Company backed by Bill Gates wants to deploy small modular nuclear reactors across U.S.


TerraPower, a company founded by billionaire eugenicist Bill Gates, is planning to build a new type of nuclear power plant known as a small modular reactor (SMR) that it wants to blanket across the United States.

According to reports, an SMR typically has a power capacity of 300 mW or less, which is about one-third the production of a legacy nuclear reactor. TerraPower says it has officially "joined the race" to be the first to successfully produce a deployable SMR, with Russia and China also racing to create the lowest-cost, most-effective version.

CEO Chris Levesque says that TerraPower is currently seeking regulatory approval in the U.S. for an innovative liquid sodium-cooled SMR. Also known as a Natrium reactor, this version of an SMR can be constructed at roughly half the cost of a traditional water-cooled nuclear reactor.

Having already secured nearly $1 billion in private investments, TerraPower has partnered with the Emirates Nuclear Energy Corporation to explore how to deploy Natrium reactors in the United Arab Emirates (UAE) for electricity and hydrogen production.

U.S. taxpayers to subsidize TerraPower's SMRs, not Gates with his billions

The U.S. government has also promised to give $2 billion in U.S. taxpayer dollars to TerraPower for its project, meaning American workers are essentially subsidizing this Bill Gates-backed company rather than Gates himself funding the project.

TerraPower's inaugural project will occur in Kemmerer, Wyo., pending permit approvals. The company's first SMR will be constructed near a former coal power plant, and the project is expected to begin this upcoming June.

By 2030, TerraPower hopes to complete the Kemmerer product by turning on the plant.

"When you use liquid sodium as a coolant instead of water, it's a game-changer," said Levesque. "Natrium plants will cost half of what light water reactor plants cost ... and we are moving our project along pretty aggressively."

Russia and China are both reportedly building their own SMRs at this time as well. One is a floating plant located in Pevek, Russia, and the other is in Shidao Bay, China.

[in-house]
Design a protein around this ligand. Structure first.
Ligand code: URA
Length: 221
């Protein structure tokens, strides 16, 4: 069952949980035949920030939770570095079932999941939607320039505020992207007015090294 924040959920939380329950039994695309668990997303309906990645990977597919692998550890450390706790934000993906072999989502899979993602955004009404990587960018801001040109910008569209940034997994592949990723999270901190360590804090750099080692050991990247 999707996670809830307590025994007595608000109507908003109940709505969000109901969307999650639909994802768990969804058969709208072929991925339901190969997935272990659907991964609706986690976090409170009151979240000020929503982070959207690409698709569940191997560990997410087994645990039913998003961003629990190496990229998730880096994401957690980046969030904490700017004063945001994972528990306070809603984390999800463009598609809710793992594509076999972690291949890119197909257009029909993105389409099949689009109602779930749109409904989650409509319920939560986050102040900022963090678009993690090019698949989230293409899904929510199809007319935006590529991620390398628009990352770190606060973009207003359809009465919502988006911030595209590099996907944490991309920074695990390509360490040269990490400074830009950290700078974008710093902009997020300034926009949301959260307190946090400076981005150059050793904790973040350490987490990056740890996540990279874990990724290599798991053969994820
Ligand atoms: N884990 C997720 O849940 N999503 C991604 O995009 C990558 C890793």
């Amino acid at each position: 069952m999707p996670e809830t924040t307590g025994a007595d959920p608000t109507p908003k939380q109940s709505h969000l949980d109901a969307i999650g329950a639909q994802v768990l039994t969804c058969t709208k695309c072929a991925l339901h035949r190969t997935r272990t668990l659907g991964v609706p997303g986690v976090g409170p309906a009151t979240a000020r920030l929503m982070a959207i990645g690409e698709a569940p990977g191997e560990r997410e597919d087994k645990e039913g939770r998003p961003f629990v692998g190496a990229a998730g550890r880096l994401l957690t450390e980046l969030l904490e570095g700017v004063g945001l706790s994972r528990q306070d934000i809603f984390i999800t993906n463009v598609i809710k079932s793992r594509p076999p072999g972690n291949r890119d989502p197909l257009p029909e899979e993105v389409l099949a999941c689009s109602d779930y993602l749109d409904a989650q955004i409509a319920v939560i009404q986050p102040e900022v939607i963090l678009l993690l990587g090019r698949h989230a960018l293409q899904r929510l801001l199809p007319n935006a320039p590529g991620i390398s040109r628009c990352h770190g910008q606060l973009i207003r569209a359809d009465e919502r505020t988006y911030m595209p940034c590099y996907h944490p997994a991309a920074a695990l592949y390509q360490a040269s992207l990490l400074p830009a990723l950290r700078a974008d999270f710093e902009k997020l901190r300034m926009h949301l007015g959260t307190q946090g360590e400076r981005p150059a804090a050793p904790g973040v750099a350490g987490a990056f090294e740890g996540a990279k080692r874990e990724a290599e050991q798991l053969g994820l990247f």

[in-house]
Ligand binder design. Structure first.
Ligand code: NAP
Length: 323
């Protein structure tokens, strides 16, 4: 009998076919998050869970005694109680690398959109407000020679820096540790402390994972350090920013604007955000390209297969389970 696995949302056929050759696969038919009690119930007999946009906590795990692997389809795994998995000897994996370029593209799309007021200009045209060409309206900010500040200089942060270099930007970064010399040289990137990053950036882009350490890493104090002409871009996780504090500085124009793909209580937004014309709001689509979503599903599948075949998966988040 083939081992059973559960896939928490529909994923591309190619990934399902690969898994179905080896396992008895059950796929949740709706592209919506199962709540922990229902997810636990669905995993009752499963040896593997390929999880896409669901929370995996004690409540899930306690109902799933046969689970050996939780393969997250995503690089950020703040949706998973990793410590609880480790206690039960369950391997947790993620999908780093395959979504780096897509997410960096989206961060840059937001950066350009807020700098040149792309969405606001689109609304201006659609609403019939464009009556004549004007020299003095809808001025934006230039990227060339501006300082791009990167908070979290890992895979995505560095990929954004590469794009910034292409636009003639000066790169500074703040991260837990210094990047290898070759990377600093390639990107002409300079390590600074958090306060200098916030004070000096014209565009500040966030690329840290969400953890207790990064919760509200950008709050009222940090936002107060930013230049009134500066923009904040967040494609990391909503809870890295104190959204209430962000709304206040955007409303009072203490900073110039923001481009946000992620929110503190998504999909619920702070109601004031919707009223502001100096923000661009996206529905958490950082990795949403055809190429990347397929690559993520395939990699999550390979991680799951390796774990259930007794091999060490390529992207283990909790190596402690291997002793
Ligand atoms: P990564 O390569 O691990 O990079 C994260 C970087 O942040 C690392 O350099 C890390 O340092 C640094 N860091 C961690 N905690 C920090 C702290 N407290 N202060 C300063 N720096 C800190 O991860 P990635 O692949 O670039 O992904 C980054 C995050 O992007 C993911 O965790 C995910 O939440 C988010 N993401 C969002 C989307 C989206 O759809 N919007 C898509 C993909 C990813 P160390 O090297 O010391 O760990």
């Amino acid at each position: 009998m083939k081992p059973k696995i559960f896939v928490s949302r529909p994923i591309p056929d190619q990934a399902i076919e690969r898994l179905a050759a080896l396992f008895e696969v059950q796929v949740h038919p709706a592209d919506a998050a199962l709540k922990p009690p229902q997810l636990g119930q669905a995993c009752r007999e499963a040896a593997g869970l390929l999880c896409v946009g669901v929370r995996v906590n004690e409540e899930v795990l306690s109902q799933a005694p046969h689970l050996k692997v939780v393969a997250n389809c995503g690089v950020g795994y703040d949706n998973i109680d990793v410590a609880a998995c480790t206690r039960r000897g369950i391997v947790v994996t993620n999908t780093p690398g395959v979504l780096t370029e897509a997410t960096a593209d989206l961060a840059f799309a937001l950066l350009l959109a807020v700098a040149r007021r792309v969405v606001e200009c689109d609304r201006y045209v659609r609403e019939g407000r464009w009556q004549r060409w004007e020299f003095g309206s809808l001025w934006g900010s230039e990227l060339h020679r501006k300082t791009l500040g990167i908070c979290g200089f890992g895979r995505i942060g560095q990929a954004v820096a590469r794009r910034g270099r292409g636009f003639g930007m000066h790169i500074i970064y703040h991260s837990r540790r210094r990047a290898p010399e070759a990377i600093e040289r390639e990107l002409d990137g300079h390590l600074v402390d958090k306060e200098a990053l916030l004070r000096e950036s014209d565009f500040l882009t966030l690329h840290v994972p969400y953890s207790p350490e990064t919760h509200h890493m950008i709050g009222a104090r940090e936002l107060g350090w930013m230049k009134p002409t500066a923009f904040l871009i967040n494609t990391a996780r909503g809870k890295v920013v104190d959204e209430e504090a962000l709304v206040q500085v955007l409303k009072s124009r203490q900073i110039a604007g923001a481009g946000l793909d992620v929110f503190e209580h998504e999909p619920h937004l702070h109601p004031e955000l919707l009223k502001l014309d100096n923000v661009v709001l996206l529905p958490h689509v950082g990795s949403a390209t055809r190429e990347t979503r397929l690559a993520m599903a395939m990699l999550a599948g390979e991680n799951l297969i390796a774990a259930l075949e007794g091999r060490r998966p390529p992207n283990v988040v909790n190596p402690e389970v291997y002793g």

Those two countries are moving along much more quickly with the project since TerraPower faces elevated interest rates and surging expenses here in out-of-control-inflation America. There is also a scarcity of enriched uranium, which is necessary to build SMRs.

America's first-ever SMR was supposed to have been constructed by an Oregon-based company called NuScale, which ended up scrapping its plans after utilities scoffed at a proposed 50 percent price hike.

TerraPower has not yet provided a quote for what its Natrium-generated power will cost, but it would make sense that a similarly drastic price hike is baked into its project as well, making energy unaffordable for millions.

Keep in mind that TerraPower, as well as another company working on SMRs called PacifiCorp, are part of Warren Buffett's Berkshire Hathaway. Both of these companies announced back in October 2022 that they plan to deploy five more Natrium reactors by 2035.

"Sodium-cooled reactors operate at lower pressures, which requires fewer safety systems," said Adam Stein, director of nuclear energy innovation at The Breakthrough Institute.

"That reduces problems that could go wrong with the plant and reduces costs because they can be built with simpler materials while maintaining safety."

In the comments, many joked that if Bill Gates is behind these reactors, they will be about as reliable as Microsoft's Windows operating system.

"Gates couldn't build an operating system that wouldn't crash," one said. "Now he wants to play with nuclear generators. That's not going to end well." 

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